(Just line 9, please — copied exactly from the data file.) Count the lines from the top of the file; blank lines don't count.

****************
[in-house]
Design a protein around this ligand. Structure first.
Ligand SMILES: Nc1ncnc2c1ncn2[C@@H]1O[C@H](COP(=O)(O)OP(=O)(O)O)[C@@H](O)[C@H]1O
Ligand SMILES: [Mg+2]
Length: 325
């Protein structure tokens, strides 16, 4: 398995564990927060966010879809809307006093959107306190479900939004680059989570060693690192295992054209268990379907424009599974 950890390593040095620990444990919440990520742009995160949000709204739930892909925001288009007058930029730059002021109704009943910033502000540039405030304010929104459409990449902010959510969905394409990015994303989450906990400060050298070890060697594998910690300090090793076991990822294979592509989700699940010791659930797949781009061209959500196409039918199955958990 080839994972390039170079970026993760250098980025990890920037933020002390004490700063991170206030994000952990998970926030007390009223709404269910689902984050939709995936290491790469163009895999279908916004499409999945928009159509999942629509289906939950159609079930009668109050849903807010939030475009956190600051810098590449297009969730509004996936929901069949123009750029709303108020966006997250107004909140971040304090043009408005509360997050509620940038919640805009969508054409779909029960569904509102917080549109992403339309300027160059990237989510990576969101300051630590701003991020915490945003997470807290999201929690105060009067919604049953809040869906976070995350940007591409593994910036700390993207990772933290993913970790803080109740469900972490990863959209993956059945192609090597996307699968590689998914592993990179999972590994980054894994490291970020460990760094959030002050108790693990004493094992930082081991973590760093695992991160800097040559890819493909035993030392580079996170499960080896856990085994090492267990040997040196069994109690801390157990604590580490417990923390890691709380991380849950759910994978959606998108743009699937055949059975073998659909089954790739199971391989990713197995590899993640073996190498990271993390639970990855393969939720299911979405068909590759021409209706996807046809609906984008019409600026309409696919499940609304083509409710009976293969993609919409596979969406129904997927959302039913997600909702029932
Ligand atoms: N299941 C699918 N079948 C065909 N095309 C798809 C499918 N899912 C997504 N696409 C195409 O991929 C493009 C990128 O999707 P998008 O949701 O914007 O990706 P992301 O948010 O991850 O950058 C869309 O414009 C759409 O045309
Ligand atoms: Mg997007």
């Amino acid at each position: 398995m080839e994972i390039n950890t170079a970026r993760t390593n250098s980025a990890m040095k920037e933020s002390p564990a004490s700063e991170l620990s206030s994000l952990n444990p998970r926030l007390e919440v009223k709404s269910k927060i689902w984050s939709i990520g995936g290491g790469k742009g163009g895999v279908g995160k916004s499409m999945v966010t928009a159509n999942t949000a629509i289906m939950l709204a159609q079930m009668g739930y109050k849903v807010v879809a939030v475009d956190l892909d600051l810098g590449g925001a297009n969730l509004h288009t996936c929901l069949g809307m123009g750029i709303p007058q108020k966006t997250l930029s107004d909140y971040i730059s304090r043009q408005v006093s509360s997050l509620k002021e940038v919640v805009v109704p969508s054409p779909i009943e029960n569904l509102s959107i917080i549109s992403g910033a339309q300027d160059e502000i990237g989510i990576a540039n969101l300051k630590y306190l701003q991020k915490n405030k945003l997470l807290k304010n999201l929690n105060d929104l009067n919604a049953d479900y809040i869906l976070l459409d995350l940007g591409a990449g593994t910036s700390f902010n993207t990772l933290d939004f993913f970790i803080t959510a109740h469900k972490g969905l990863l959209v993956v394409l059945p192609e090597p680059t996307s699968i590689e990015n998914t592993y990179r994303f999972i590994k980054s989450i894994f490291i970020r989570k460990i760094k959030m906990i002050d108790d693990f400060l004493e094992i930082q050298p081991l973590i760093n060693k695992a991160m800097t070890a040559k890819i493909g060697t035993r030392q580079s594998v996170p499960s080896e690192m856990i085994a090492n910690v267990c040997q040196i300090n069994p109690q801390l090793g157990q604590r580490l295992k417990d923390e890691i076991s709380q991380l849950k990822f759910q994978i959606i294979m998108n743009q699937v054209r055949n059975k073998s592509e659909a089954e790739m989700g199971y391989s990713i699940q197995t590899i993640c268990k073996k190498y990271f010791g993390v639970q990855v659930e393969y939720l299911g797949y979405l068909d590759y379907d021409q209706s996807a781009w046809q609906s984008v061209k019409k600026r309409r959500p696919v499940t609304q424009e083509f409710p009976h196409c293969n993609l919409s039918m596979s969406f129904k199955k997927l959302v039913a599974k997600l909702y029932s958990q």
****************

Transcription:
């Amino acid at each position: 398995m080839e994972i390039n950890t170079a970026r993760t390593n250098s980025a990890m040095k920037e933020s002390p564990a004490s700063e991170l620990s206030s994000l952990n444990p998970r926030l007390e919440v009223k709404s269910k927060i689902w984050s939709i990520g995936g290491g790469k742009g163009g895999v279908g995160k916004s499409m999945v966010t928009a159509n999942t949000a629509i289906m939950l709204a159609q079930m009668g739930y109050k849903v807010v879809a939030v475009d956190l892909d600051l810098g590449g925001a297009n969730l509004h288009t996936c929901l069949g809307m123009g750029i709303p007058q108020k966006t997250l930029s107004d909140y971040i730059s304090r043009q408005v006093s509360s997050l509620k002021e940038v919640v805009v109704p969508s054409p779909i009943e029960n569904l509102s959107i917080i549109s992403g910033a339309q300027d160059e502000i990237g989510i990576a540039n969101l300051k630590y306190l701003q991020k915490n405030k945003l997470l807290k304010n999201l929690n105060d929104l009067n919604a049953d479900y809040i869906l976070l459409d995350l940007g591409a990449g593994t910036s700390f902010n993207t990772l933290d939004f993913f970790i803080t959510a109740h469900k972490g969905l990863l959209v993956v394409l059945p192609e090597p680059t996307s699968i590689e990015n998914t592993y990179r994303f999972i590994k980054s989450i894994f490291i970020r989570k460990i760094k959030m906990i002050d108790d693990f400060l004493e094992i930082q050298p081991l973590i760093n060693k695992a991160m800097t070890a040559k890819i493909g060697t035993r030392q580079s594998v996170p499960s080896e690192m856990i085994a090492n910690v267990c040997q040196i300090n069994p109690q801390l090793g157990q604590r580490l295992k417990d923390e890691i076991s709380q991380l849950k990822f759910q994978i959606i294979m998108n743009q699937v054209r055949n059975k073998s592509e659909a089954e790739m989700g199971y391989s990713i699940q197995t590899i993640c268990k073996k190498y990271f010791g993390v639970q990855v659930e393969y939720l299911g797949y979405l068909d590759y379907d021409q209706s996807a781009w046809q609906s984008v061209k019409k600026r309409r959500p696919v499940t609304q424009e083509f409710p009976h196409c293969n993609l919409s039918m596979s969406f129904k199955k997927l959302v039913a599974k997600l909702y029932s958990q």